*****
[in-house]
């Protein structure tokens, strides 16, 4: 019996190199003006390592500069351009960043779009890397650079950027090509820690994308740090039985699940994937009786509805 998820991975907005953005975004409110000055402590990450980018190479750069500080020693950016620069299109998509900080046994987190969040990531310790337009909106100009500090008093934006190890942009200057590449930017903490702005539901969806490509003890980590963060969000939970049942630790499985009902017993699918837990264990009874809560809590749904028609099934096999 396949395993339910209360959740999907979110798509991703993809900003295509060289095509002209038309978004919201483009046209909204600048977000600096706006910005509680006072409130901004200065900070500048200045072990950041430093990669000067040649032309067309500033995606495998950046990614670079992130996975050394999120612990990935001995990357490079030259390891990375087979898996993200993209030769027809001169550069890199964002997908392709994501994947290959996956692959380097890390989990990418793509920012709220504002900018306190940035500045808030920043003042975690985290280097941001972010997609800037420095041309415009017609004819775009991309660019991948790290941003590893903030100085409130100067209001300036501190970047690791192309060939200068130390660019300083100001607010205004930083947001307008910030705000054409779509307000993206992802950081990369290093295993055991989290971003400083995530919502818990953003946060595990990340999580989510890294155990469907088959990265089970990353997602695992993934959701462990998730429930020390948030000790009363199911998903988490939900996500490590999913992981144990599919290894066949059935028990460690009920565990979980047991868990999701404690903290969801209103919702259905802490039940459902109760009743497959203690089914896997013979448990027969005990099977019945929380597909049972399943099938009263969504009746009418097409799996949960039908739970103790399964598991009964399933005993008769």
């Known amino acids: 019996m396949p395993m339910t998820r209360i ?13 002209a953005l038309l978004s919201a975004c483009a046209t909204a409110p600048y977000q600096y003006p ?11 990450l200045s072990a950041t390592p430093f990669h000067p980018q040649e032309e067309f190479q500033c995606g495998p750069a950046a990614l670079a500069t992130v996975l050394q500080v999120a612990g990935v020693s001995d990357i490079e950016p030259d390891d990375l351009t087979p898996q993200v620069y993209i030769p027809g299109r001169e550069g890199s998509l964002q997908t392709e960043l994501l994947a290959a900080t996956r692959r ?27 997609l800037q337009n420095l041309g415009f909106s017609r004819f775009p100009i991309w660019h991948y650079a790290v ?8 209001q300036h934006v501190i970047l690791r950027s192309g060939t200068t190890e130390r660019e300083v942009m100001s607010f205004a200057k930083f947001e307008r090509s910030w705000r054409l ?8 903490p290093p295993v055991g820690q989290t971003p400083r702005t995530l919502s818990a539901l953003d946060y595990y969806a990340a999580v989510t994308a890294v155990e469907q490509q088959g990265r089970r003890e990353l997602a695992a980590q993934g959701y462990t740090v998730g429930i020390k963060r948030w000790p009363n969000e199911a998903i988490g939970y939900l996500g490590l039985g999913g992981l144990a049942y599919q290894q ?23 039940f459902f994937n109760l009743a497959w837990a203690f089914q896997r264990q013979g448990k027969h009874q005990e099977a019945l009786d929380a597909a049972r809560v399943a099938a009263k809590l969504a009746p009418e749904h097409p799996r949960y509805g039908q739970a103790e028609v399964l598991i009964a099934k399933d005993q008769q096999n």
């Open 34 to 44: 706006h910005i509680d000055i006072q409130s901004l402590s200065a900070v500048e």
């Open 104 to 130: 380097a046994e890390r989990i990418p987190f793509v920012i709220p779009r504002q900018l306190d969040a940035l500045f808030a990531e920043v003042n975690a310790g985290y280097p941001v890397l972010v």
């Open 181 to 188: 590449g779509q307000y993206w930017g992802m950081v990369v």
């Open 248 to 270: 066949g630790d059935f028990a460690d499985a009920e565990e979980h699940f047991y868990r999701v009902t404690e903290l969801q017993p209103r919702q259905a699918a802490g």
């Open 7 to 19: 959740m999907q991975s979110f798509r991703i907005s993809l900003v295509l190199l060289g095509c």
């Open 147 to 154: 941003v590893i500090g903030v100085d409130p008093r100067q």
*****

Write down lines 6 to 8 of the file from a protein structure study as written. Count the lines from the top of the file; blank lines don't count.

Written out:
């Open 181 to 188: 590449g779509q307000y993206w930017g992802m950081v990369v």
């Open 248 to 270: 066949g630790d059935f028990a460690d499985a009920e565990e979980h699940f047991y868990r999701v009902t404690e903290l969801q017993p209103r919702q259905a699918a802490g």
């Open 7 to 19: 959740m999907q991975s979110f798509r991703i907005s993809l900003v295509l190199l060289g095509c």